Women in the western jungles of Nepal face a particular set of farming challenges. Only a narrow dirt road separates their homes and Banke National Park, a natural habitat for pythons, hyenas, crocodiles and tigers.
But until recently, the farmers faced a bigger threat — by about 10,000 pounds.
“[Wild elephants] used to destroy our rice and maize,” said Durga Paudel, chair of the Sanghrasil Cooperative, a group of women who are participating in a Heifer Nepal project. “They troubled us a lot. The wild elephants would know when the rice was ready to be harvested, and they would come during that time.”
When locals heard the elephants coming, they would play musical instruments and honk the horns of vehicles to try to deter them. In the end, chasing the animals away with fire was the only effective, if temporary, solution.
Now wild elephants are no longer an issue, thanks to, well, some different elephants. Ganesh and Samir were relocated to Banke from another national park. And while it’s true they are indeed elephants, they’re certainly not the crop-crushing variety.
Mahouts, or elephant riders, take care of the animals and ride them out into the forest every day to forage. While out, the elephants use their powerful trunks to gather firewood and bring it back to their shelter. Over time, the elephant riders and elephants build a relationship with each other and learn to communicate.
“If I drop my notes, [the elephants] will even pick it up and give it to me,” said Roop Lal Tharu, a Banke mahout.
Ganesh and Samir are primarily a tourist attraction. The elephants are well off the beaten path, but visitors who do find them can venture out into the jungle on their backs for a fee. In the Western world, the elephant tourism industry has faced scrutiny for treatment of the animals and sometimes the mahouts. Although in many instances the criticisms are well-founded, others argue that the issue isn't a simple one, and responsible tourism is the best option available to take care of elephants already in captivity.
But apart from their role in the local tourism industry, Ganesh and Samir provide benefits for their neighbors across the street.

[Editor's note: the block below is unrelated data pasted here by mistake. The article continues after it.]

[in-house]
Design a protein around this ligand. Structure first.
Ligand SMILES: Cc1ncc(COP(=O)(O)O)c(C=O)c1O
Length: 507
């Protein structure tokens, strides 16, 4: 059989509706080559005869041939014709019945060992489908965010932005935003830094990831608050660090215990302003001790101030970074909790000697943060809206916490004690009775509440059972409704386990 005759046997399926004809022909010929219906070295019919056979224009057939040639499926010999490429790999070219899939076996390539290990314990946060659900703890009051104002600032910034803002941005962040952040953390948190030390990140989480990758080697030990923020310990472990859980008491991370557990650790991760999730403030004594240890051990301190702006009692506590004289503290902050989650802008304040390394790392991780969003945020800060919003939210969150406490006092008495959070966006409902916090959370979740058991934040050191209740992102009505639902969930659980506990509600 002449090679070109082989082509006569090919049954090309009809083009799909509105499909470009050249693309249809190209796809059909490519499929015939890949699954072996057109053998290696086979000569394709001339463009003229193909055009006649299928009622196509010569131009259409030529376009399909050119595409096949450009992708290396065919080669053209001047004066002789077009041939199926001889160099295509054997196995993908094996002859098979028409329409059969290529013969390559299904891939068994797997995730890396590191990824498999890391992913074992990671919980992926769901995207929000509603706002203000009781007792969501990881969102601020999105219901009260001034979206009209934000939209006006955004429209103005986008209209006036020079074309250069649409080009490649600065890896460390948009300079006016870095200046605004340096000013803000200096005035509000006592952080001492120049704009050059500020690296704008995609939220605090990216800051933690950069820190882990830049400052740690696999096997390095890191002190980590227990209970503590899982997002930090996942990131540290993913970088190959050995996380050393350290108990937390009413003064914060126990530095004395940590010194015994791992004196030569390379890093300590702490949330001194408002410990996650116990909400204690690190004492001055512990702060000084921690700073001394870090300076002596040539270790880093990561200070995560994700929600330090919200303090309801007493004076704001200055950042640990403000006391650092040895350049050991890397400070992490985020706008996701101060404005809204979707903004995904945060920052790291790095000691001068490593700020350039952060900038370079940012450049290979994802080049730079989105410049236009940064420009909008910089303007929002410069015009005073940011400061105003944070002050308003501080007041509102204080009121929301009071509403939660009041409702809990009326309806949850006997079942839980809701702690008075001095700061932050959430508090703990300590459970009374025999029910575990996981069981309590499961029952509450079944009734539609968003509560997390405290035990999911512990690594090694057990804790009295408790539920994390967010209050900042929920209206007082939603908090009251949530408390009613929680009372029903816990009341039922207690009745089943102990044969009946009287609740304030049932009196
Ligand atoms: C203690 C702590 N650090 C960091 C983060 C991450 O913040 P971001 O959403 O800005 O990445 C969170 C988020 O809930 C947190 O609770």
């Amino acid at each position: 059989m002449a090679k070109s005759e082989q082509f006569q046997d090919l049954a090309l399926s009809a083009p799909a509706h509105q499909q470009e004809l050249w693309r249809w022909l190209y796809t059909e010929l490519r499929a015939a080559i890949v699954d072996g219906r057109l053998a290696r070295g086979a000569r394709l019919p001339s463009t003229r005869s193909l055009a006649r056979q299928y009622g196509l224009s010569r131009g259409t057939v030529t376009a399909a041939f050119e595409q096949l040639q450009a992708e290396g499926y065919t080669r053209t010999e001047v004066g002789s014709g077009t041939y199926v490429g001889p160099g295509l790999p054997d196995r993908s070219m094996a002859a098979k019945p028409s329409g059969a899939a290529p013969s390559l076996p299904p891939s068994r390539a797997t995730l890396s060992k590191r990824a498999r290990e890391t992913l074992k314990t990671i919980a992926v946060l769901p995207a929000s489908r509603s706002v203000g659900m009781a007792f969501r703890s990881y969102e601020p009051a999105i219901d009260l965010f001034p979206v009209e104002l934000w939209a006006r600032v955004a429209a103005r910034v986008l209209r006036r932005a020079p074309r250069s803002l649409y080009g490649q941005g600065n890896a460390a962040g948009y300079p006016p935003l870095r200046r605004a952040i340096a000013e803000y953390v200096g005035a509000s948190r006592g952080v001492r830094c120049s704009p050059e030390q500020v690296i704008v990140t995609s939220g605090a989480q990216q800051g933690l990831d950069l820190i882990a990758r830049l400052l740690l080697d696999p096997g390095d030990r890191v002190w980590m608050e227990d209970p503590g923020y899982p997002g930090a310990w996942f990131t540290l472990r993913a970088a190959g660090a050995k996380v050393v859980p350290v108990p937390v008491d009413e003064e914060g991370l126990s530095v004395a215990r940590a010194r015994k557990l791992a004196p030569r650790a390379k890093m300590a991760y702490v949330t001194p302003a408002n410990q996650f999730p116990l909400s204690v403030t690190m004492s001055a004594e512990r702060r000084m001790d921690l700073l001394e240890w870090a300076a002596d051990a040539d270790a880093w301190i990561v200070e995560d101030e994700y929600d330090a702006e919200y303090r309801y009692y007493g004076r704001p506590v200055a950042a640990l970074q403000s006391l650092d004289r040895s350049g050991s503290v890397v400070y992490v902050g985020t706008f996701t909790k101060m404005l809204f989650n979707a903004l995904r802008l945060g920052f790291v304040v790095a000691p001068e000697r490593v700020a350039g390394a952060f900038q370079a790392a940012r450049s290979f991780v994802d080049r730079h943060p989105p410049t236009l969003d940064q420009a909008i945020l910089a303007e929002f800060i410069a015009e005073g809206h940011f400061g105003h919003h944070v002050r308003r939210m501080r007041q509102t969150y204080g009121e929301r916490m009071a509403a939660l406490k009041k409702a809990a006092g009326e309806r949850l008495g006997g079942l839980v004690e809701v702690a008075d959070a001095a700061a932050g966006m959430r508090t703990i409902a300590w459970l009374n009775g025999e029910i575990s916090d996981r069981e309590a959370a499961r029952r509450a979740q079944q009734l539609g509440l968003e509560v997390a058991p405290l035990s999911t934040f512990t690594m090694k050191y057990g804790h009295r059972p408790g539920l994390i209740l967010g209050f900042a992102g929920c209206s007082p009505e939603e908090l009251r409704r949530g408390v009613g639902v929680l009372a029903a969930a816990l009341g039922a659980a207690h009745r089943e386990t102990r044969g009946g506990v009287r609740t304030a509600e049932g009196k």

“We also use elephants in times of difficulty,” Tharu said. “For example, if tigers go around eating humans, then we have to take elephants in order to counterattack the tiger. Tigers are scared of elephants.” When asked how often that happens, Tharu admitted, “It hasn’t happened here.”
The mahouts do employ Ganesh and Samir when wild elephants come around, though. Poudel, who lives a 10-minute walk away from the pair of pachyderms, says the wild elephants steer clear of the neighborhood now. “The wild elephants and Samir and Ganesh confront each other,” Poudel said. “When the wild elephants come, the people of the national park come and chase them away. The elephant riders already know what to do.”
In addition to being helpful neighbors, the elephants also hold a special place in the hearts of many in Nepal, which is home to the world’s highest percentage of Hindus.
“We Hindus, we treat elephants as god, as Lord Ganesh,” said Paudel. “Every Tuesday, we even fast for Lord Ganesh. We offer some special sweets called laddu. Whenever we see the temple of Lord Ganesh, we go there and offer our respect.”
Since the cooperative members are locals, some of the mahouts have offered to let take the elephants out for a ride for free. So far, they’ve all been a little too nervous to accept the offer. But that hasn’t stopped their children from doing it.
“They must have had fun,”said Jasi Oli, a Sanghrasil member. “They were shouting, saying, ‘I rode the elephant today.’”
Now that the wild elephants no longer wreck the farms belonging to the women of Sanghrasil Co-op, they’re focusing on other animal problems. “The wild boars come and eat the grains,” said Oli. “If you rear animals, the tiger comes and eats it.” So far, the women have raised sturdier fences to try to keep predators away from the livestock, with varying results, but they are still trying to figure out how to solve both issues.